UN judge orders 8 Rwandans tried for genocide to be sent to Tanzania

Wednesday February 09 2022

In December Niger decided to expel them. The UN had ordered Niger to "suspend" its decision. PHOTO | FILE


A UN judge has ordered that eight former members of the Hutu government in power in Rwanda during the 1994 genocide against the Tutsis be sent to Tanzania from Niger, which refused to keep hosting them.

Judge Joseph Chiondo Masanche ordered for "all necessary measures" to be taken "immediately" to send the eight to Tanzania until they could be transferred somewhere else, according to a copy of his order obtained by AFP on Tuesday. 

The judge also ordered Niger, which has been hosting the Rwandans since December 5 under an agreement concluded with the UN, "to provide all necessary assistance in order to execute the terms of this decision." 

Four of the eight Rwandans were acquitted by the International Criminal Tribunal for Rwanda, an international court established by the UN to judge those accused of being responsible for the genocide.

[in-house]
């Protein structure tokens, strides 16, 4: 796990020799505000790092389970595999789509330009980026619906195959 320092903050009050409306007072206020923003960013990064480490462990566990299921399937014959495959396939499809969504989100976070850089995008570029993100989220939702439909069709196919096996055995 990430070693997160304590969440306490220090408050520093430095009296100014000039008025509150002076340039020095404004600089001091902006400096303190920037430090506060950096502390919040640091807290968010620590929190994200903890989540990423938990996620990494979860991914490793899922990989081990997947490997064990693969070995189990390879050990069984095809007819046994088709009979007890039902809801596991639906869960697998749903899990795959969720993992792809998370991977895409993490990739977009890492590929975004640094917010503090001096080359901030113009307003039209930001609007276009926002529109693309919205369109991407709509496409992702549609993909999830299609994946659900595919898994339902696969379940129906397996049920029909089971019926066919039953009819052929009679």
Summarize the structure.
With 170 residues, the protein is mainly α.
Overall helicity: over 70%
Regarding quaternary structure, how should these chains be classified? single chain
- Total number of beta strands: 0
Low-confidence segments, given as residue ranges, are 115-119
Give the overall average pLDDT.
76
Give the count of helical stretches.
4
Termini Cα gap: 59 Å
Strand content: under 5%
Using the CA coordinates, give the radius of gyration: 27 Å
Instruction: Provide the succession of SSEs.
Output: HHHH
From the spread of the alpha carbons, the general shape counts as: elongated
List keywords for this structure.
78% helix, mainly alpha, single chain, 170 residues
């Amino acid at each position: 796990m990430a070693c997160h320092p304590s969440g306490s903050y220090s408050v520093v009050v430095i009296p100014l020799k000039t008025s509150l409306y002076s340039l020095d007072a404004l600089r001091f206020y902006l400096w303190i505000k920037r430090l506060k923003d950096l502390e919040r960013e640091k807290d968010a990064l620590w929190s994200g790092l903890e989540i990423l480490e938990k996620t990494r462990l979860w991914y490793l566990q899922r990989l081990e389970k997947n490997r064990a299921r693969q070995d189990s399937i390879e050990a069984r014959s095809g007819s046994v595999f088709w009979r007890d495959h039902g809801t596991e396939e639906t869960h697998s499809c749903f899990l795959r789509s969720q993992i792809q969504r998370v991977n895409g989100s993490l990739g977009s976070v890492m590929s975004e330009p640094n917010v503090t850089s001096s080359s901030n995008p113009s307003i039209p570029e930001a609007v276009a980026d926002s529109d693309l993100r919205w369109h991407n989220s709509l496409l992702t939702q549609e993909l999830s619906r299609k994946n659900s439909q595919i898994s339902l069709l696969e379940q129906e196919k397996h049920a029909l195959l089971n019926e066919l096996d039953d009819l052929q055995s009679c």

The four others served sentences handed down to them by the tribunal.

In December Niger decided to expel them. The UN had ordered Niger to "suspend" its decision. 


The judge, who works in Tanzania for the UN institution that succeeded the ICTR, said he had reached the decision because of the impossibility of maintaining a "status quo" for the eight until a solution could be found. 

He did not rule out the possibility of the Rwandans leaving Tanzania for Rwanda, but stressed that could only be done with their agreement. 

In his order, the judge strongly criticised Niger's attitude. 

"Niger's unilateral action to order the expulsion of the Relocated Persons, to confiscate their identity documents, and to limit their freedom of movement is in flagrant violation of the terms of the Relocation Agreement," he said.